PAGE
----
Today I’m hosting author Karen McCreedy as part of the blog tour for her new book, Unreachable Skies.
“The heir is hatching. Vizan must come at once.”
Morel had not bothered to knock before he flung open our dwelling door to make his announcement – crass behaviour for a First Herald, I thought, even if he did have urgent news. His sudden appearance had made me spill the herbal drink I’d just mixed, and I took a moment to ladle more from the pot over the fire into the beaker in my paw. It gave me something to do that didn’t involve thinking about the problems and complications that Morel’s news brought.
As he folded his wings and stepped over the threshold in response to my nod, I voiced the most immediate concern: “Vizan can’t come. You know he’s ill.”
“But he must.” Morel’s dark mane was sticking up in alarm, and I didn’t envy him telling Kalis that Vizan wouldn’t be there. “The Fate-seer has to be present at the hatching of a Prime’s egg. Especially—”
He snapped his jaw shut on further comment, but it was easy enough to guess what he hadn’t said: Especially now, when the egg had been laid by a female who had had the Sickness.
I could have told Morel that having a Fate-seer present for a hatching had made no difference to Carma or Lisha or to nines of other females. In every case they had counted themselves fortunate to survive the Sickness, and in every case the eggs they’d laid had produced…I pulled my thoughts from those poor crippled hatchlings, and snapped at Morel to close the door. “The last thing Vizan needs is a cold draught ruffling his fur.”
The faint salt tang of an onshore breeze vanished along with the draught as he did as he was bid, but it was clear from the way he wrinkled his snout and flattened his ears that he thought he might catch something by coming further inside.
I had felt that way too seven moons before, on the day I had first become Vizan’s apprentice. When he’d ushered me through the door – a Trader’s youngling who had expected to spend her life flying from cluster to cluster with goods and provisions – I had half-expected to find decaying piles of sacrificial bones under the table. But the Fate-seer’s dwelling was much the same as any other: the wall stones set one on another to spiral upward and inward, a fire glowing in the hearth to one side, a well-scrubbed vinebark table, upholstered sitting-stools, zaxel stems scattered across the floor, and a woven-reed screen in front of the nests. However, only this dwelling had bunches of healing herbs hanging from the roof-stones, and jars of ointments and salves lining the shelves. Only this dwelling had baskets of dried camyl leaves, twists of zenox powder, and handfuls of chalkmoss scattered across the workbench, waiting to be sorted beneath the light that streamed through the see-shell.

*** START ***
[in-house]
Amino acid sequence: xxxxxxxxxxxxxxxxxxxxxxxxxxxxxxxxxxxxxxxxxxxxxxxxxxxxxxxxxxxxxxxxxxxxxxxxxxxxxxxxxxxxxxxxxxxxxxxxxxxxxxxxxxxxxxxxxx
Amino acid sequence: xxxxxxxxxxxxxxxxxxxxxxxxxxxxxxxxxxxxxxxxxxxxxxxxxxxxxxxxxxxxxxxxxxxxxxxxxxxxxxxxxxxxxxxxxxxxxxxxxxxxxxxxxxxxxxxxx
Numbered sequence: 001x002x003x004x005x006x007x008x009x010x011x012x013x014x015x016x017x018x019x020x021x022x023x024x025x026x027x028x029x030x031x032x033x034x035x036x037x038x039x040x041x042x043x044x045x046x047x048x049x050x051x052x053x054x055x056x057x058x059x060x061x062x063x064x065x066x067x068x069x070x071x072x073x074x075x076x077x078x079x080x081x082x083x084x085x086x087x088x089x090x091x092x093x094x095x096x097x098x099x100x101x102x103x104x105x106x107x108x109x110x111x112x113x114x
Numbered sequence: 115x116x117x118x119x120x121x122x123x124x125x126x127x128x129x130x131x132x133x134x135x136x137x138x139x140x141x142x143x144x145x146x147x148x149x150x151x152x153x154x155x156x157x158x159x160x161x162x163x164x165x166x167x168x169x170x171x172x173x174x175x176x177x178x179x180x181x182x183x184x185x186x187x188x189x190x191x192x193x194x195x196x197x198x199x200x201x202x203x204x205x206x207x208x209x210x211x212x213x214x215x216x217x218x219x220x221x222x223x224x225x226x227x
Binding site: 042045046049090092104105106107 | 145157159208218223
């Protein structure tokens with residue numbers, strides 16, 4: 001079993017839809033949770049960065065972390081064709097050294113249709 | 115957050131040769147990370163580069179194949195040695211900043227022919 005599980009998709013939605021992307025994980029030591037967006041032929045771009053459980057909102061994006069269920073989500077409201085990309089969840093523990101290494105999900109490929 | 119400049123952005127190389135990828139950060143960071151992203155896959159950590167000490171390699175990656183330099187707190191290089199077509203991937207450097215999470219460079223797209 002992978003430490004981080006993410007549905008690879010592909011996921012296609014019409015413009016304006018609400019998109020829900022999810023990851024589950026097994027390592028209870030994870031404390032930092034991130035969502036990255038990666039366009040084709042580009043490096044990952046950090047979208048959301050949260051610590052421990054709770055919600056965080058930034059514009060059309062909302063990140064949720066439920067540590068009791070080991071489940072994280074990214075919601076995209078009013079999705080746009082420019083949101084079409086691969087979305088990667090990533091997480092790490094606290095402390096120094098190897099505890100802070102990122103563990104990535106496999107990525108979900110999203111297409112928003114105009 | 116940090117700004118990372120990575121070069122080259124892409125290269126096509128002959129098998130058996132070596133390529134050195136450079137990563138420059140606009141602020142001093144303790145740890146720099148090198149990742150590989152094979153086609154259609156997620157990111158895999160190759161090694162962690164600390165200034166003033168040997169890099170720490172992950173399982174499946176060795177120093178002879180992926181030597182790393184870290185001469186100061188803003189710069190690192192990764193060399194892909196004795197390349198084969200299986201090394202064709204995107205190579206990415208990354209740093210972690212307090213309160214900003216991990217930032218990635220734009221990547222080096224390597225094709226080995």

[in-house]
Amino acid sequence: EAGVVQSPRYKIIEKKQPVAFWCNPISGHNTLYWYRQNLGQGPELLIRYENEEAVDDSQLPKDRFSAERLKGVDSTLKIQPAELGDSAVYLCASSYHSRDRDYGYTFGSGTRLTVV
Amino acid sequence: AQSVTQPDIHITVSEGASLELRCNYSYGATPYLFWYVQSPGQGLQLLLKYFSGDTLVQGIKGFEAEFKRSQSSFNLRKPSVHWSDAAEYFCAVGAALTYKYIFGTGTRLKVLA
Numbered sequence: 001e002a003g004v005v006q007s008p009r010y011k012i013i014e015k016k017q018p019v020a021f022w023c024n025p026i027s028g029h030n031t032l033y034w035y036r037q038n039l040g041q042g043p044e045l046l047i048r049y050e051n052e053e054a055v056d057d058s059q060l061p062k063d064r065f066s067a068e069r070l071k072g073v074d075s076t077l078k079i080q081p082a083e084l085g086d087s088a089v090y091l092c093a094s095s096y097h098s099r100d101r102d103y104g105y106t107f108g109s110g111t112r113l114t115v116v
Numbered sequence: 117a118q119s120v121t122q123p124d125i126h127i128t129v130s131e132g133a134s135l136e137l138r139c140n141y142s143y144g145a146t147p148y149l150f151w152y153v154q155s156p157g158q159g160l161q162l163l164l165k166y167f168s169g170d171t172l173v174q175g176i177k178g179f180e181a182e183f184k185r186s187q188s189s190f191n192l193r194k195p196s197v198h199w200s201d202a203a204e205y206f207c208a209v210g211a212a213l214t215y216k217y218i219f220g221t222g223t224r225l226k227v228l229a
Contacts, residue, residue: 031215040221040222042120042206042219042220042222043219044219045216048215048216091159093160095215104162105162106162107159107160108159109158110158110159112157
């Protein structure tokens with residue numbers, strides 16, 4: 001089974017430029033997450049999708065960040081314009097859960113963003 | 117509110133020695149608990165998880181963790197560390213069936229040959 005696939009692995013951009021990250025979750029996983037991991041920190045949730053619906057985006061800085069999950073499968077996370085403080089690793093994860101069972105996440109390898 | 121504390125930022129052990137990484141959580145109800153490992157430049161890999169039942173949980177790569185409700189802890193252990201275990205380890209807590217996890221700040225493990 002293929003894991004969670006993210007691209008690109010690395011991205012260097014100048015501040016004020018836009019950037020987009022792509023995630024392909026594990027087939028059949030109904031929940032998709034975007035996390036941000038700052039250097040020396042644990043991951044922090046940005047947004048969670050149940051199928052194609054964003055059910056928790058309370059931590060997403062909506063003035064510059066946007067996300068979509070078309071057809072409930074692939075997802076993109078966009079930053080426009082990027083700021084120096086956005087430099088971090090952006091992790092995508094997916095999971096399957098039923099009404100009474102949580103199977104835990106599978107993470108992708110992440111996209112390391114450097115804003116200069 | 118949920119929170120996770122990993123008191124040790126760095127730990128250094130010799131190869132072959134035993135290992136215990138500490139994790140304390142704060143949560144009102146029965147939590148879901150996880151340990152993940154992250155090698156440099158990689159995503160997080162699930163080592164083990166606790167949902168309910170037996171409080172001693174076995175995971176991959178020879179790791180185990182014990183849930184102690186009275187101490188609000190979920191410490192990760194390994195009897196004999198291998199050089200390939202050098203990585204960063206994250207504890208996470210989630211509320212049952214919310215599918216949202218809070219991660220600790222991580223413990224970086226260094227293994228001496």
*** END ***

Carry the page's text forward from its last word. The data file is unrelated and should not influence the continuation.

It also had a sticky patch on the floor where the herbal mix had just spilled, and I heard Morel’s grunt of disgust as he stepped in it.
“Vizan’s over here.” I ushered Morel around the screen, and saw his nose and whiskers twitch as he caught the scent of the drink I had mixed – a smell which did not quite mask the sickly odour emanating from the Fate-seer’s nest. “Now do you see why he can’t come?” I crouched low to hold the beaker under Vizan’s black-striped snout. His nose barely twitched, but he opened one eye and managed to sip a little of the hot liquid. It was hard to bear the sight of his once-imposing body lying helplessly in a soiled nest. His greying fur was matted, because brushing it made it fall out; he couldn’t even summon the energy to tuck his tail around his legs and it hung limply over the edge of the nest. His breathing rattled wetly, with a noise like wavedriven pebbles and, as I placed a paw on his shoulder to help him change position, I could feel the bones beneath the skin.
I looked up to find Morel spiralling a paw across the front of his grey tunic in the age-old gesture of prayer, his ears dipped to the correct angle of respect. “May the Spiral watch over him.”